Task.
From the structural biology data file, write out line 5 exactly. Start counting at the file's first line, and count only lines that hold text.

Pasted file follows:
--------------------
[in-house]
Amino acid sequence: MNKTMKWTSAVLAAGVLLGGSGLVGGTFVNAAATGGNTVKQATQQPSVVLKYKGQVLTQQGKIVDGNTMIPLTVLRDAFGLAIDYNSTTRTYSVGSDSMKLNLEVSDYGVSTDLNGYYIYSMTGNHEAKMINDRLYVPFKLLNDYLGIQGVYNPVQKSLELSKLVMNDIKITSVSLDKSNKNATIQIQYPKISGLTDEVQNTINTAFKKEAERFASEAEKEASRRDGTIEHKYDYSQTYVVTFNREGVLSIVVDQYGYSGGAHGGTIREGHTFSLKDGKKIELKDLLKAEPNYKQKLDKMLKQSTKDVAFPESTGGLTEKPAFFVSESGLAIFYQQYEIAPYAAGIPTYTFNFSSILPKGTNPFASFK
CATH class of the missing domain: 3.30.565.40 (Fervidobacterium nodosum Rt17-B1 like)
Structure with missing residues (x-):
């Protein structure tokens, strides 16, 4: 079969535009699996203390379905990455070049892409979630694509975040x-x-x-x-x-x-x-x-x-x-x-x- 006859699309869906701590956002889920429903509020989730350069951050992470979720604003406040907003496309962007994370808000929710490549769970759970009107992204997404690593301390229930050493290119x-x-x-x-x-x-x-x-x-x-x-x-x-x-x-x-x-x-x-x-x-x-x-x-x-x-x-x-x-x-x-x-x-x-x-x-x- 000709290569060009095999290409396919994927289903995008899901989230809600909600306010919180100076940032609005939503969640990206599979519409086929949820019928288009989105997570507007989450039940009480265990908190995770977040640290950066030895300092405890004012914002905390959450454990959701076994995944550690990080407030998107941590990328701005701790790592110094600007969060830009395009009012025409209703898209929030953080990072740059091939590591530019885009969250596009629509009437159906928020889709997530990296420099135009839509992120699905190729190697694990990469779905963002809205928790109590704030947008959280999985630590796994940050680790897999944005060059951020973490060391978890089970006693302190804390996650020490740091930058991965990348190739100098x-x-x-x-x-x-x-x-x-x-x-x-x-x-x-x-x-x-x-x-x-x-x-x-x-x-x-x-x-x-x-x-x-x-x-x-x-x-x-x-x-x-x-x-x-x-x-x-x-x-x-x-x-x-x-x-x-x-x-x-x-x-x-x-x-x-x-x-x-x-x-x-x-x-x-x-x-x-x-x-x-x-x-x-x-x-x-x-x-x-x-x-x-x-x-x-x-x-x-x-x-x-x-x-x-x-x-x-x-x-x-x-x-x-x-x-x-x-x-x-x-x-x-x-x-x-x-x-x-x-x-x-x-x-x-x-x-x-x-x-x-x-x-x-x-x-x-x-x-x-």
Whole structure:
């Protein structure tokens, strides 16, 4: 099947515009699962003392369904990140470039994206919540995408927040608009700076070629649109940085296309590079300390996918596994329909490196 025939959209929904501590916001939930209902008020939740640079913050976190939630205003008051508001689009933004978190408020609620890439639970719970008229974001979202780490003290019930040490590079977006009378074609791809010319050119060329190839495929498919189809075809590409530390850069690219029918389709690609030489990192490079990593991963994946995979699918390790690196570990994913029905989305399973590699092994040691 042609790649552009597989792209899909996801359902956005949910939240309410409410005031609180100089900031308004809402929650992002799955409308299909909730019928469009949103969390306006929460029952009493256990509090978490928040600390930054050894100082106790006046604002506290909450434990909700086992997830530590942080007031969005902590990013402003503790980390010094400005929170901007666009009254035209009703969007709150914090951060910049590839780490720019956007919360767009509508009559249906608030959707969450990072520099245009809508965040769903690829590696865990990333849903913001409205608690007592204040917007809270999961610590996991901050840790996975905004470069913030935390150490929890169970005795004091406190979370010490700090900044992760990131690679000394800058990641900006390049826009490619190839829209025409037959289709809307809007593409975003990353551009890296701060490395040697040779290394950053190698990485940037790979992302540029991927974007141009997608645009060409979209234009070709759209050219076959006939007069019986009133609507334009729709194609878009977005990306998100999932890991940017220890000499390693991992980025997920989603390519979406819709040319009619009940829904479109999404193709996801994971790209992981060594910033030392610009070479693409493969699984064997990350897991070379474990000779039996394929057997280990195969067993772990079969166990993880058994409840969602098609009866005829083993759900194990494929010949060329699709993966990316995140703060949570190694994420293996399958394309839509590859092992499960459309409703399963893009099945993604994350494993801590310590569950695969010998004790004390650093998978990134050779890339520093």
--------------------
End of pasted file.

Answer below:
């Protein structure tokens, strides 16, 4: 079969535009699996203390379905990455070049892409979630694509975040x-x-x-x-x-x-x-x-x-x-x-x- 006859699309869906701590956002889920429903509020989730350069951050992470979720604003406040907003496309962007994370808000929710490549769970759970009107992204997404690593301390229930050493290119x-x-x-x-x-x-x-x-x-x-x-x-x-x-x-x-x-x-x-x-x-x-x-x-x-x-x-x-x-x-x-x-x-x-x-x-x- 000709290569060009095999290409396919994927289903995008899901989230809600909600306010919180100076940032609005939503969640990206599979519409086929949820019928288009989105997570507007989450039940009480265990908190995770977040640290950066030895300092405890004012914002905390959450454990959701076994995944550690990080407030998107941590990328701005701790790592110094600007969060830009395009009012025409209703898209929030953080990072740059091939590591530019885009969250596009629509009437159906928020889709997530990296420099135009839509992120699905190729190697694990990469779905963002809205928790109590704030947008959280999985630590796994940050680790897999944005060059951020973490060391978890089970006693302190804390996650020490740091930058991965990348190739100098x-x-x-x-x-x-x-x-x-x-x-x-x-x-x-x-x-x-x-x-x-x-x-x-x-x-x-x-x-x-x-x-x-x-x-x-x-x-x-x-x-x-x-x-x-x-x-x-x-x-x-x-x-x-x-x-x-x-x-x-x-x-x-x-x-x-x-x-x-x-x-x-x-x-x-x-x-x-x-x-x-x-x-x-x-x-x-x-x-x-x-x-x-x-x-x-x-x-x-x-x-x-x-x-x-x-x-x-x-x-x-x-x-x-x-x-x-x-x-x-x-x-x-x-x-x-x-x-x-x-x-x-x-x-x-x-x-x-x-x-x-x-x-x-x-x-x-x-x-x-």